Tuesday, 2 April 2013

A Real First World Problem

Ok, I know the whole #firstworldproblems thing is like SO 2011. But really there's no other way to describe the conundrum I am facing.

I have reached a point in life where, generally speaking, I'm not terribly interested in re-reading books. Not because I don't love books and not because I don't think I'd get more out of a re-read book, but because there are so very many books that I want to read, and life is short. Sometimes very short, indeed.

Obviously I make occasional exceptions to this no re-reading thing. It's not a rule. It's just a general feeling.

So here's the conundrum: keeping books. I love my books, but I am a merciless clutter culler. The Husband and I often pick up a half dozen new books at a second hand shop, read them and then donate them back. But not always. We sometimes keep ones that were especially good. Husband is a serial re-reader. Nothing he loves more than reading a good book for the 14th time. He's also an especially fast reader, so the whole mortality thing maybe is less important. He can get through about 5 books to every one that I read (and I pleasure read quite a lot I think -- a couple of hours everyday). When we're on vacation, he has to pack at least 3 or 4, and even then he usually ends up reading the one or 2 I've brought as well.

Just recently I've really gotten stuck on one book in particular, and thus a problem arises. Last year, whilst Child was being born and nursed in the hospital, I was reading First Circle, by Solzhenitsyn. It's a monstrous door-stop of a book, a paperback with the dimensions of a new hardcover, with nearly 600 pages of normal paperback sized text. It weighs much. It's also weighty in its subject matter: 3 days in the lives of dozens of people associated with an urban gulag for engineers in the Soviet Union. It details the excruciating minutiae of their days as prisoners, guards, civilian employees, and outsiders under suspicion. There are moments of levity as the prisoners attempt to keep their sanity with a variety of mind games. There is terror as someone new is brought into the prison and immediately dehumanized in a few short hours. There is love and devotion and despair and labyrinthine rules creating one catch-22 after another. It's the type of book that gives great clarity by exposing obfuscation. It is vast in its scope. It's a wondrous book, I enjoyed it, and I would recommend it.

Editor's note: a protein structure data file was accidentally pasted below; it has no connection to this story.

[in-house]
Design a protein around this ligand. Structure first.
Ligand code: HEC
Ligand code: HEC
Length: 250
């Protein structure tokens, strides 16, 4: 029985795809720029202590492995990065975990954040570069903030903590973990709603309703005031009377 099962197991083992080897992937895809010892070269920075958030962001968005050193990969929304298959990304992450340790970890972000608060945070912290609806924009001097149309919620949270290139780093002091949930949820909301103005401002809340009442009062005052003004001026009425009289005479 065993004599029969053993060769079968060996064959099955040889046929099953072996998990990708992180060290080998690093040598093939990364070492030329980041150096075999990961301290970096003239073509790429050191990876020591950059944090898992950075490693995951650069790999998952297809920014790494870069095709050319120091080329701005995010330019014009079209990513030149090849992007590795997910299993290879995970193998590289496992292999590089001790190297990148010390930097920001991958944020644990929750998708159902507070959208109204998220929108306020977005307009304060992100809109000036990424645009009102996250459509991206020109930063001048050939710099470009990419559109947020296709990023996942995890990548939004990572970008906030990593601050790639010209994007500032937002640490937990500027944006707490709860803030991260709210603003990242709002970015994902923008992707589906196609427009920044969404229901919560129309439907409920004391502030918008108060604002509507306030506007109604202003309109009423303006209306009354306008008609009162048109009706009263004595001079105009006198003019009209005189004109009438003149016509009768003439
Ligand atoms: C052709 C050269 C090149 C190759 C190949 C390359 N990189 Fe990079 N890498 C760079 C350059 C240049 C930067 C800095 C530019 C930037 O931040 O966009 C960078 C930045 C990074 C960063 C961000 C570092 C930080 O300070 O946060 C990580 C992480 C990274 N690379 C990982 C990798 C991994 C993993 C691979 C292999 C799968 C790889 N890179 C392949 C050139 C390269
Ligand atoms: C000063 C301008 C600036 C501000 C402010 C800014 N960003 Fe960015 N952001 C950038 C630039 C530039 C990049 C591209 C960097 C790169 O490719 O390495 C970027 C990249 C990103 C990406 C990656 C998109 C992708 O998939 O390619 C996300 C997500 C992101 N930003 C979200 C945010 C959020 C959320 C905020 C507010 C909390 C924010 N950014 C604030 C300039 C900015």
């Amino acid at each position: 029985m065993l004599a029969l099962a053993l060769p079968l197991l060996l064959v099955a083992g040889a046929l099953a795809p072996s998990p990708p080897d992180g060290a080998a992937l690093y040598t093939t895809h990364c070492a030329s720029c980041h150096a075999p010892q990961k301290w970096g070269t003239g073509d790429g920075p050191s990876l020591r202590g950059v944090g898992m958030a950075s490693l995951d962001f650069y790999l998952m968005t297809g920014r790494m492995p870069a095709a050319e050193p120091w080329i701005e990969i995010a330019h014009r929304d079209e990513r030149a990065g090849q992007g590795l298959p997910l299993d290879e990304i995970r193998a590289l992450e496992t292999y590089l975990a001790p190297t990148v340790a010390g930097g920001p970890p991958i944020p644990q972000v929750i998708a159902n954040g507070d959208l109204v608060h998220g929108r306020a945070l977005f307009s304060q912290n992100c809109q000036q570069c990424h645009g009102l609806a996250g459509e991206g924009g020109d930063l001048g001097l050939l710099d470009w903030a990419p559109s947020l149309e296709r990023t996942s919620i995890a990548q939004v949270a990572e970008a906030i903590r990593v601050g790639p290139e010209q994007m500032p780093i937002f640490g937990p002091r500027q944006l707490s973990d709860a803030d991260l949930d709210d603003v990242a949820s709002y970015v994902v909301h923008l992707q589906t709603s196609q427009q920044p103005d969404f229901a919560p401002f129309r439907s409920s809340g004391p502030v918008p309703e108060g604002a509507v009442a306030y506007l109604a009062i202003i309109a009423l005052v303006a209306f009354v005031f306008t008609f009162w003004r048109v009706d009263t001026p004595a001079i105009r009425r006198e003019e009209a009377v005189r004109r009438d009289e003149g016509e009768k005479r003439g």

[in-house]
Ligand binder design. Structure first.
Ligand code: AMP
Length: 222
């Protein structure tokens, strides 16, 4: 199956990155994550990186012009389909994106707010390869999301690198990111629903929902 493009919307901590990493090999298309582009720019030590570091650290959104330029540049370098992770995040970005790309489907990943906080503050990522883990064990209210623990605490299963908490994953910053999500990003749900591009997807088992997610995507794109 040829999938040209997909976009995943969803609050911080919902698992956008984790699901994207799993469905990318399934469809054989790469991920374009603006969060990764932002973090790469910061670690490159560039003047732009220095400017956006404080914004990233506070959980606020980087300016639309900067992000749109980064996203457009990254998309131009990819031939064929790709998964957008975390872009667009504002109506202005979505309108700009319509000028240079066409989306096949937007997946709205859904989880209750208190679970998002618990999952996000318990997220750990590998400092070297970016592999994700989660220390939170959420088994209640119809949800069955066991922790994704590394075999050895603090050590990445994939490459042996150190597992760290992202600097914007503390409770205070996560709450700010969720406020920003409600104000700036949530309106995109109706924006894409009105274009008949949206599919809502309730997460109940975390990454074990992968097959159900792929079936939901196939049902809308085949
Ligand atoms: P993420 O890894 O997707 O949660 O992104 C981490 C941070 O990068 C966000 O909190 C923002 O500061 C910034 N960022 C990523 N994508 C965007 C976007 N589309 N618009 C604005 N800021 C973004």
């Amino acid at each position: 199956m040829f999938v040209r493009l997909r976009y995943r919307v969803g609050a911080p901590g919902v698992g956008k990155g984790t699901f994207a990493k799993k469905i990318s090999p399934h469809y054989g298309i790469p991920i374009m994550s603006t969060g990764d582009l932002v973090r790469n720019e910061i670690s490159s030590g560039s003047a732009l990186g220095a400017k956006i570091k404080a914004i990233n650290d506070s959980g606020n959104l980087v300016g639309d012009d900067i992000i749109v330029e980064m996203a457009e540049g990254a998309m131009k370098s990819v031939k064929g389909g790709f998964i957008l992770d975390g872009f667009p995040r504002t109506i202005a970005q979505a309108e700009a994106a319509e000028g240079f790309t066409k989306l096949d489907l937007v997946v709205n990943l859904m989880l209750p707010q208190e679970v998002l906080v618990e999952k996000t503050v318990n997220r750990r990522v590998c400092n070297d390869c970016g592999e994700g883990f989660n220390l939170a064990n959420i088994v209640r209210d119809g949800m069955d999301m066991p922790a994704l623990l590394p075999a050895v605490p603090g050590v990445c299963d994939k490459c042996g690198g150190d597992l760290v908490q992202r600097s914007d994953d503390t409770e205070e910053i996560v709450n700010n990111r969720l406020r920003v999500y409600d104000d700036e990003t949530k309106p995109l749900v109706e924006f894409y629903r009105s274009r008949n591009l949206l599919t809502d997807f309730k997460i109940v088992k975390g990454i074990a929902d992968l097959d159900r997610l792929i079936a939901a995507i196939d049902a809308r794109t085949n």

Will I ever read it again? No. Why not? It doesn't really matter, but mostly it's because it took me ages to finish it. Partly that's because it's huge. Partly it's because I read it during a difficult period of life when I didn't have loads of time to devote to it. But the main reason why I don't want to read it again is that I want to read other books, and if I spend all my time re-reading this, I can't do that, or at least I can't do it as readily. It basically boils down to: it's long and I don't want to.

So, should I keep the book? If I donate the book to a charity shop, there's a chance someone will pick it up who would otherwise have never considered it, and their life will perhaps be richer for it. If I keep it, I can push it on people who I think would like it, and perhaps more people would read it if it were being handed to them by an enthusiast. I lend books out a lot, and I can easily think of several people of my acquaintance to whom I'd suggest this particular book. Do I have a duty to circulate it? Should I hang onto it in case Child reaches a point when she might like it? Should I base this decision on how much room it takes up in my bookcase (answer: a lot)? Although huge, it does look nice on my bookcase. I don't mean that in a snobbish way -- if I were worried about whether guests thought my bookcase was highbrow enough, it would look a lot different. But aesthetically, it adds an interestingly brutalist splotch in an otherwise more colorful visual block.

Opinions welcome.